• (iii) where the ship is engaged on any other voyage, a Class A emergency pack set out in section 1 of Schedule I;

    • (j) for each lifeboat, the equipment set out in section 1 of Schedule II;

    • (k) a line-throwing appliance;

    • (l) where the ship is engaged on a voyage other than a home-trade voyage, Class IV, or a minor waters voyage, Class II, the following distress signals:

      • (i) 12 rocket parachute flares, or

      • (ii) where 12 Type A distress signals were carried on April 27, 1996, those distress signals until their date of expiry;

    • (m) the following SARTs:

      • (i) if the ship is 20 m or over in length but under 500 tons gross tonnage, one SART stowed so that it is readily accessible for immediate use and for placing in one of the survival craft that are launched first, and

      • (ii) if the ship is 500 tons gross tonnage or over, two SARTs stowed so that they are readily accessible for immediate use and for placing in the two survival craft that are launched first; and

    • (n) [Repealed, SOR/2000-261, s. 10]

    • (o) means of embarkation into survival craft.

  • (1.1) Despite subparagraph (1)(m)(i), a ship that is under 300 tons gross tonnage and that on March 31, 2001 was required by these Regulations to carry two Class II EPIRBs may continue to carry them instead of a SART until one of the batteries of the Class II EPIRBs needs to be replaced.

  • (2) A Class IX ship that is not a Safety Convention ship and is a tanker engaged on a home-trade voyage, Class I, shall carry

    • (a) where the ship is under 1,600 tons gross tonnage, on each side of the ship, one or more Class 1 lifeboats that are under davits, are 4.9 m or over in length and have an aggregate capacity sufficient to accommodate the complement;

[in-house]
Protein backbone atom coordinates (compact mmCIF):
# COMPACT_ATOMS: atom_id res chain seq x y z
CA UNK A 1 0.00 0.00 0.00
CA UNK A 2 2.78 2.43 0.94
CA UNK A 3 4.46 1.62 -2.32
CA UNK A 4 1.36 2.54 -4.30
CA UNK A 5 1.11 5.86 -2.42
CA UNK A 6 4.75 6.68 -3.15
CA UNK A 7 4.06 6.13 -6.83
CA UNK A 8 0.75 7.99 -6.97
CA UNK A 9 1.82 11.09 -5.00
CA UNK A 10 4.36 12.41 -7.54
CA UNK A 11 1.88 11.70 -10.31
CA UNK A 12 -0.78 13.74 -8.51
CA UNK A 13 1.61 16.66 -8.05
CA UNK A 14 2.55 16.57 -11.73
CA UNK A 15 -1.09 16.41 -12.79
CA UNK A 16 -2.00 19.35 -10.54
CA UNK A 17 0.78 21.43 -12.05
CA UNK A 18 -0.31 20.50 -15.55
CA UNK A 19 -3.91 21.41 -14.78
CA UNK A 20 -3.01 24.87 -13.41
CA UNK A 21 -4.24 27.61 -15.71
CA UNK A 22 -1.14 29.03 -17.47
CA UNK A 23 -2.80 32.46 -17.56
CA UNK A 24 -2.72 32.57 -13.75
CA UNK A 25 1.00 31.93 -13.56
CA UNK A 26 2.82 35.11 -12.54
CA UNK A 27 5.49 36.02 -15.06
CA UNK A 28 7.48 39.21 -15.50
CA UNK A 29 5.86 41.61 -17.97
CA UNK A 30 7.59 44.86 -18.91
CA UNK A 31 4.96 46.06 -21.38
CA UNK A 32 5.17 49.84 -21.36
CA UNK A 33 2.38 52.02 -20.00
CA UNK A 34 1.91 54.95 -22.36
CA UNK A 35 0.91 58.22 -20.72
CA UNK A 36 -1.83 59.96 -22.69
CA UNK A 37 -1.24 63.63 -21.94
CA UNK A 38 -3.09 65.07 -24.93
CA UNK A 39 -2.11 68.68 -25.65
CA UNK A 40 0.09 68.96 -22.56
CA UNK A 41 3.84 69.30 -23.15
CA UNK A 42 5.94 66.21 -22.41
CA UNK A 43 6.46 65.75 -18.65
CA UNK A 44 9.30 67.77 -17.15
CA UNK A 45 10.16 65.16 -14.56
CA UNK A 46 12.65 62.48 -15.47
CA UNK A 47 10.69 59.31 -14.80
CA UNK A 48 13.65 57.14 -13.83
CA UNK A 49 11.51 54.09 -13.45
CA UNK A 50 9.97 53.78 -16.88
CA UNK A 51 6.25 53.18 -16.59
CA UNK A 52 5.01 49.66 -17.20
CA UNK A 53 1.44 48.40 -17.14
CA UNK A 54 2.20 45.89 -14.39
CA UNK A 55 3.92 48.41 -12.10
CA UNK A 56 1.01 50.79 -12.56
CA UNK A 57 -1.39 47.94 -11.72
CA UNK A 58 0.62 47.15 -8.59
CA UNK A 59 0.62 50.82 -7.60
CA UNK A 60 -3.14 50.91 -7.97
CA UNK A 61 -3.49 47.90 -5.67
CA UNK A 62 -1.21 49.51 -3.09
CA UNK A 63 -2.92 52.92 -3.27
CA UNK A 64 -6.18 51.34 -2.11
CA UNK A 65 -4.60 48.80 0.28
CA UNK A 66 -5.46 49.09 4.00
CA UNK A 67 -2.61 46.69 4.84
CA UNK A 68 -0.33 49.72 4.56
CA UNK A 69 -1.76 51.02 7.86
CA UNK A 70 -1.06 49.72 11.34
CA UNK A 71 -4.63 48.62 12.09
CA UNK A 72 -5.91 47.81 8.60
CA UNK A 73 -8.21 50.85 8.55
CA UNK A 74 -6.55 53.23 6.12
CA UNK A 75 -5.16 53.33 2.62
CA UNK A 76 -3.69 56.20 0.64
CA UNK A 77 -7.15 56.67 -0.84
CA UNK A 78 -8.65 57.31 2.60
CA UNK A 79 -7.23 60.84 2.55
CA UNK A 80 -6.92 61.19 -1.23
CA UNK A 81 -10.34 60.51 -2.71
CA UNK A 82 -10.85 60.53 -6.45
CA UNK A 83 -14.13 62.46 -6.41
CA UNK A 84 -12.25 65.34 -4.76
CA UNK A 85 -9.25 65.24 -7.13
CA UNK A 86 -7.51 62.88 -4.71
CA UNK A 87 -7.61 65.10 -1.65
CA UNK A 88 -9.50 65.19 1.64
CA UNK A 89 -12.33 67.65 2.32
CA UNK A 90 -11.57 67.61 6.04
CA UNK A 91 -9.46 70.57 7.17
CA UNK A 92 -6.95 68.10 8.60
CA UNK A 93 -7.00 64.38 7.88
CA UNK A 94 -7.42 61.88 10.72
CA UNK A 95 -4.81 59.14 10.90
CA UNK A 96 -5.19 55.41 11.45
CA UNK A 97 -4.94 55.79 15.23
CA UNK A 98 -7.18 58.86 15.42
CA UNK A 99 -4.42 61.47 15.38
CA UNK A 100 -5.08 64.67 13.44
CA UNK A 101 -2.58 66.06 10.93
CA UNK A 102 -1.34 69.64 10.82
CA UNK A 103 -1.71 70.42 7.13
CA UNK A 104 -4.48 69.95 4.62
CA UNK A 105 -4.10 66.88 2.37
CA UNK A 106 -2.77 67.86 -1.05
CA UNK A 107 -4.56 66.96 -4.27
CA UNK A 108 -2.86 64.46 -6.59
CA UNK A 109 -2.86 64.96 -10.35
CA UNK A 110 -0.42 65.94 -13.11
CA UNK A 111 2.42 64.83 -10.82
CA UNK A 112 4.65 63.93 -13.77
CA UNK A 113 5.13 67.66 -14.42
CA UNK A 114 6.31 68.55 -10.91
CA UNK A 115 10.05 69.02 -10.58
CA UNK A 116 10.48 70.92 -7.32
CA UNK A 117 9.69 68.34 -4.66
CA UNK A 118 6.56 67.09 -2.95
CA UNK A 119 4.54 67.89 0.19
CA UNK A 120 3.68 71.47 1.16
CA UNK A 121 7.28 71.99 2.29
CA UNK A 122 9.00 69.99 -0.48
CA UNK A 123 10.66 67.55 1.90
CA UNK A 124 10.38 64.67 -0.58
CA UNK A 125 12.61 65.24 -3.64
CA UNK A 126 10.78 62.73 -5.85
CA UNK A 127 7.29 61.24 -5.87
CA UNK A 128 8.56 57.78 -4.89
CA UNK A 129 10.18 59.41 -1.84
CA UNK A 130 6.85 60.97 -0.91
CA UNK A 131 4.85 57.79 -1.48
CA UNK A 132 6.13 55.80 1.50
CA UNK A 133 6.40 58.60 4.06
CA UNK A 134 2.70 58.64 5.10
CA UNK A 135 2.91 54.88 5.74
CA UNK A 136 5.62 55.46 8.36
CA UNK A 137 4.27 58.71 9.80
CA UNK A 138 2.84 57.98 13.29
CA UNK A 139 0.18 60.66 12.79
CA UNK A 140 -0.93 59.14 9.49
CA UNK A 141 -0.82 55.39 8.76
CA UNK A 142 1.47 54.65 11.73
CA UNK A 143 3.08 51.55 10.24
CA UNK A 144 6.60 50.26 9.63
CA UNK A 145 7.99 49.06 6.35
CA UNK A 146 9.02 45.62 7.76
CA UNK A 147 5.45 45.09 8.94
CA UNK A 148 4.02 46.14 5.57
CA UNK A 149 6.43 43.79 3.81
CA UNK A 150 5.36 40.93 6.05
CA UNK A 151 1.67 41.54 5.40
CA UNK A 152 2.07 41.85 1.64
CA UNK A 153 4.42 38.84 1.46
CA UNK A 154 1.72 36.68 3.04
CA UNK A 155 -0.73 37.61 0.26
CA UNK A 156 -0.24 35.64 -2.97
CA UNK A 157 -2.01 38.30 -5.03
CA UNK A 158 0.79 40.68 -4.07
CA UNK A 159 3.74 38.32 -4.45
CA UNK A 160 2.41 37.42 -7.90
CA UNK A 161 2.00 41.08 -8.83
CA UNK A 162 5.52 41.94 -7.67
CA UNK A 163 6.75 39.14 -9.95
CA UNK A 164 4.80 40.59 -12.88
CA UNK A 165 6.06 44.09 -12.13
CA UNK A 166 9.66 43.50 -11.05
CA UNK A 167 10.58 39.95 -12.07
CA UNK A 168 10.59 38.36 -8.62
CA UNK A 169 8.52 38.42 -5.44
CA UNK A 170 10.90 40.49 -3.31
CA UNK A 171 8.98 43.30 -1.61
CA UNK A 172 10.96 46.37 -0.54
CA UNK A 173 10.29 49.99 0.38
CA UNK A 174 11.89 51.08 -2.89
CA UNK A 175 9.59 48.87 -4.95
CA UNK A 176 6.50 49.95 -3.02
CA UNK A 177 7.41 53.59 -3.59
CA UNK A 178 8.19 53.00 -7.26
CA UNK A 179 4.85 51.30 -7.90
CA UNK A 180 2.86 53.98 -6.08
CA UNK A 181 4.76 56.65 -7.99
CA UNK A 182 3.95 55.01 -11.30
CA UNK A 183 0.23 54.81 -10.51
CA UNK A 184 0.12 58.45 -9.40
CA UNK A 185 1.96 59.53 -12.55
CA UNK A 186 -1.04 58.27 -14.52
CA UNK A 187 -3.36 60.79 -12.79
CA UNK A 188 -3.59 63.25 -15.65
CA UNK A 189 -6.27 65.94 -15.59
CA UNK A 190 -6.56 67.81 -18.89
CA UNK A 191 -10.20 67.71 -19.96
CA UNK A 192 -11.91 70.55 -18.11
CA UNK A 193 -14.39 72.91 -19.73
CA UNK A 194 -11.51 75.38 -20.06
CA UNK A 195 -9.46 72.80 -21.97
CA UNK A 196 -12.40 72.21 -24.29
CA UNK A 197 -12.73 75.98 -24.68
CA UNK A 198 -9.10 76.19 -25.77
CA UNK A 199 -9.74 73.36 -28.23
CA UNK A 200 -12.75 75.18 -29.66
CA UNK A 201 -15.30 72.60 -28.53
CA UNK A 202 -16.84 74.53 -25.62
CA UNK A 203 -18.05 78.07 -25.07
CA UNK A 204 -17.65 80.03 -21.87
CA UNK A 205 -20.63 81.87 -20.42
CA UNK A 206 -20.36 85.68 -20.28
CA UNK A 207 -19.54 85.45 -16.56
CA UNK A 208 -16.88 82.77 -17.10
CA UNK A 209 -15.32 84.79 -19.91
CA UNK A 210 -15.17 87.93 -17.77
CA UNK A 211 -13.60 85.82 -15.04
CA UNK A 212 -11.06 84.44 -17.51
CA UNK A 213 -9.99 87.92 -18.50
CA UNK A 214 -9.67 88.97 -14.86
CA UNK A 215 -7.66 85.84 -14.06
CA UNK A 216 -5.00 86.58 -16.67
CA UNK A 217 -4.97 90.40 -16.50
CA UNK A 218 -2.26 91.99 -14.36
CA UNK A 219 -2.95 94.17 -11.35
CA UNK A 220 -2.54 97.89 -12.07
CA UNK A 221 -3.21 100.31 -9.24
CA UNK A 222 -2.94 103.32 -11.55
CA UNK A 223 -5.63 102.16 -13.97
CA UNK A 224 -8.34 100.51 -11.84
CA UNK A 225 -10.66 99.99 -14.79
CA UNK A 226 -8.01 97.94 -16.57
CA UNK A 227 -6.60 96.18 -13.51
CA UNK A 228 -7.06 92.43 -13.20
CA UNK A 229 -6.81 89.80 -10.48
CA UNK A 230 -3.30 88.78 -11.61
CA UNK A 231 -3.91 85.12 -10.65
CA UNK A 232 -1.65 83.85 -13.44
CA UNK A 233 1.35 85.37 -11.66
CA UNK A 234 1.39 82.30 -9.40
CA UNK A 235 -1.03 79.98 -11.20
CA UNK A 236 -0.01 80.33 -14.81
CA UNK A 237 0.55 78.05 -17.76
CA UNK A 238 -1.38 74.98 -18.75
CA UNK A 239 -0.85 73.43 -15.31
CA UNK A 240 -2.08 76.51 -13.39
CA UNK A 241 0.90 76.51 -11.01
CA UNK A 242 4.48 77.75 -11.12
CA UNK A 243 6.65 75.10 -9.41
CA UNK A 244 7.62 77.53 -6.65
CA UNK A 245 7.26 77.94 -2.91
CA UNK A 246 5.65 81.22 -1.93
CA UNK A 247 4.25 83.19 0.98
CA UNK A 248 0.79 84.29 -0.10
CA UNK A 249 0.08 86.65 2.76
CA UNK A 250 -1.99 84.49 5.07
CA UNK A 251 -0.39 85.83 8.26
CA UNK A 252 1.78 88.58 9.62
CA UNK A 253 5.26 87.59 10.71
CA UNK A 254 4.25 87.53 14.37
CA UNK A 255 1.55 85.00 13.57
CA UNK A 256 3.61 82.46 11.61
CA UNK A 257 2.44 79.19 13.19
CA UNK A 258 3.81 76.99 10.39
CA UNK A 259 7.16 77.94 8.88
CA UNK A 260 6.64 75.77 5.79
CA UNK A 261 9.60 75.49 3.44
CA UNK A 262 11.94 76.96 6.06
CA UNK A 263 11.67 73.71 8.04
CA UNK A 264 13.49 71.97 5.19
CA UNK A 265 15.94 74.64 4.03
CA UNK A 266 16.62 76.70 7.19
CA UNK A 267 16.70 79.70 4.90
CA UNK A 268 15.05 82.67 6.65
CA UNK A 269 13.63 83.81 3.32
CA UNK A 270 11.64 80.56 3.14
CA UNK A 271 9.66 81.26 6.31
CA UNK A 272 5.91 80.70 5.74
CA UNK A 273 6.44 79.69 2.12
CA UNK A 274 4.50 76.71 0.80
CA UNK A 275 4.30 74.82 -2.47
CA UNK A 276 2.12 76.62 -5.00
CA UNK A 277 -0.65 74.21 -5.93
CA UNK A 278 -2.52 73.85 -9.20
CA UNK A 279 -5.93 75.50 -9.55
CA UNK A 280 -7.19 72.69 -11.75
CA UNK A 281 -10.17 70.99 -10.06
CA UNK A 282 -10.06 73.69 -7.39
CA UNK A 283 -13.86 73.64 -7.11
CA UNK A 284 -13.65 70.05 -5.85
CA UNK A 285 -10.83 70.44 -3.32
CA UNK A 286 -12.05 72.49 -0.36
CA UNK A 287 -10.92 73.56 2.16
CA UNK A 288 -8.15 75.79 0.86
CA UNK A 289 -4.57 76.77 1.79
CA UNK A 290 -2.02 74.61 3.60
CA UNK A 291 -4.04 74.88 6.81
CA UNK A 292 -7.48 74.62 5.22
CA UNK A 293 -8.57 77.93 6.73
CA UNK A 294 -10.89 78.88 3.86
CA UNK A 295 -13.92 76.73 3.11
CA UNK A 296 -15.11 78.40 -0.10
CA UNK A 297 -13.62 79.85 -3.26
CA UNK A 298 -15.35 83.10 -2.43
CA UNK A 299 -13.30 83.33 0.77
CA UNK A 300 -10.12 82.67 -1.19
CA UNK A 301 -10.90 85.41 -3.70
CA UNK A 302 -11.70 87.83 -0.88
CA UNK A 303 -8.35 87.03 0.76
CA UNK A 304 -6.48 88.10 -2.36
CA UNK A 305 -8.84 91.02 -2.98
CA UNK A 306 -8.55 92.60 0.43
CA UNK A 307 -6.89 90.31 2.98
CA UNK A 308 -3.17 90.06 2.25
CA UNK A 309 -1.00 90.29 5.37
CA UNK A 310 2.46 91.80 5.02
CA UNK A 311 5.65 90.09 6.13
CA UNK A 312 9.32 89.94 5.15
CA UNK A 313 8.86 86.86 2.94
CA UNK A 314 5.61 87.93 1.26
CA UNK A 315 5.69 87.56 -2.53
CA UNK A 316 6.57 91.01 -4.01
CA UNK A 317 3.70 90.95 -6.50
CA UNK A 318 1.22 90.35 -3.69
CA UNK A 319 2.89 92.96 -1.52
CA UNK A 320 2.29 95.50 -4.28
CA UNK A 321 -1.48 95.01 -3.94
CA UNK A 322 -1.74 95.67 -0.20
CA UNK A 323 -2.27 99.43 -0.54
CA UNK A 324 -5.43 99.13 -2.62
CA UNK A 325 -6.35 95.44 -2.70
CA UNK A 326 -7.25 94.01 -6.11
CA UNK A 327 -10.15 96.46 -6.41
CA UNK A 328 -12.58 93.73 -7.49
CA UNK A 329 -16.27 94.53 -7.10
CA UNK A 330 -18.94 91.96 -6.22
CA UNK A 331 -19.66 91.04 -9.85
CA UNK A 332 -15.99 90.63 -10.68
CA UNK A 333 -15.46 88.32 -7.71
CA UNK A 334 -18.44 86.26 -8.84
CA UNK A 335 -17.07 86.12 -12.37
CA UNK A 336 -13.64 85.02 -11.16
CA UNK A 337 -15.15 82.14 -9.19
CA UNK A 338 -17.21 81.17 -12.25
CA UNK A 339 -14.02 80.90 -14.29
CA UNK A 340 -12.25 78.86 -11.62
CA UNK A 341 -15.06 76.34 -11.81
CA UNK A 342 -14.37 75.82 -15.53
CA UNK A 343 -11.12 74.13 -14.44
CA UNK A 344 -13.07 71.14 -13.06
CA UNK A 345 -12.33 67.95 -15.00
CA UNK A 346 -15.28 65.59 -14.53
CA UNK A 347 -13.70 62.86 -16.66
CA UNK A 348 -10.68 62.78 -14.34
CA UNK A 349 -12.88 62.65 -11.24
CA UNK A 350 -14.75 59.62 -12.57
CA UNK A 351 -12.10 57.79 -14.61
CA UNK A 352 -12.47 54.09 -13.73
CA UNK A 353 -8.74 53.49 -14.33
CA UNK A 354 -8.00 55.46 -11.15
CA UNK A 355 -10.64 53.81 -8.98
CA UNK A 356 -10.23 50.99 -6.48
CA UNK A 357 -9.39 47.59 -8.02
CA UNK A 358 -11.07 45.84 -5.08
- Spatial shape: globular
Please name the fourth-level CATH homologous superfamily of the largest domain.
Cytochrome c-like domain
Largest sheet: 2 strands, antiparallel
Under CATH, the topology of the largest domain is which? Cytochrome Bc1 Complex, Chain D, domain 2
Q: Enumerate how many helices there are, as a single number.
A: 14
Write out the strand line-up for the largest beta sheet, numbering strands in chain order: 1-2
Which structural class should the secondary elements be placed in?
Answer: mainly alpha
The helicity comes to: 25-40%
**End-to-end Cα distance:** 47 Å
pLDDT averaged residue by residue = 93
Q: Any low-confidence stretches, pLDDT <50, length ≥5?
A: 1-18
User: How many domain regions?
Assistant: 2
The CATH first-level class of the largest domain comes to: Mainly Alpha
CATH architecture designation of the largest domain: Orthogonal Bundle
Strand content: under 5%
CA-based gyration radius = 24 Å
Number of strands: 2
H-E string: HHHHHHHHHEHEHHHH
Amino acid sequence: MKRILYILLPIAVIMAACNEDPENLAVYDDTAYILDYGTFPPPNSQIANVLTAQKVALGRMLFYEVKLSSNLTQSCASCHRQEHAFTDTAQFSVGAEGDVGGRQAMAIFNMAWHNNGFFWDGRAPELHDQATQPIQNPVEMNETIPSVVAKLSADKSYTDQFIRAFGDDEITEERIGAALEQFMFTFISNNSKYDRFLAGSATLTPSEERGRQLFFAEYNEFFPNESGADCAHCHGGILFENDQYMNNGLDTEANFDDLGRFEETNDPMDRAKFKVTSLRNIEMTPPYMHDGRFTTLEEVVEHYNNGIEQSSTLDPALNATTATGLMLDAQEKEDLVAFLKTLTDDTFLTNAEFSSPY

• (b) where the ship is 1,600 tons or over but under 3,000 tons gross tonnage, the following lifeboats, under gravity-type davits,

      • (i) one motor lifeboat, and

      • (ii) on each side of the ship, one or more Class 1 lifeboats that are 4.9 m or over in length, the aggregate capacity of which is sufficient to accommodate that part of the complement not accommodated in the motor lifeboat;

    • (c) where the ship is 3,000 tons gross tonnage or over, four lifeboats, under gravity-type davits,

      • (i) that are distributed equally on both sides of the ship, two of which are carried aft and two amidships or, where the ship has no amidships superstructure, are carried aft, and

      • (ii) one of which is a motor lifeboat or, where the ship is 5,000 tons gross tonnage or over, two of which are motor lifeboats and are carried one on each side of the ship;

    • (d) where the ship is within the length range set out in column I of an item of the table to this paragraph, the supply of equipment set out in columns II to IV of that item:

      TABLE

      Column IColumn IIColumn IIIColumn IV
      ItemLength of ShipLifebuoysSelf-igniting LightsBuoyant Lifelines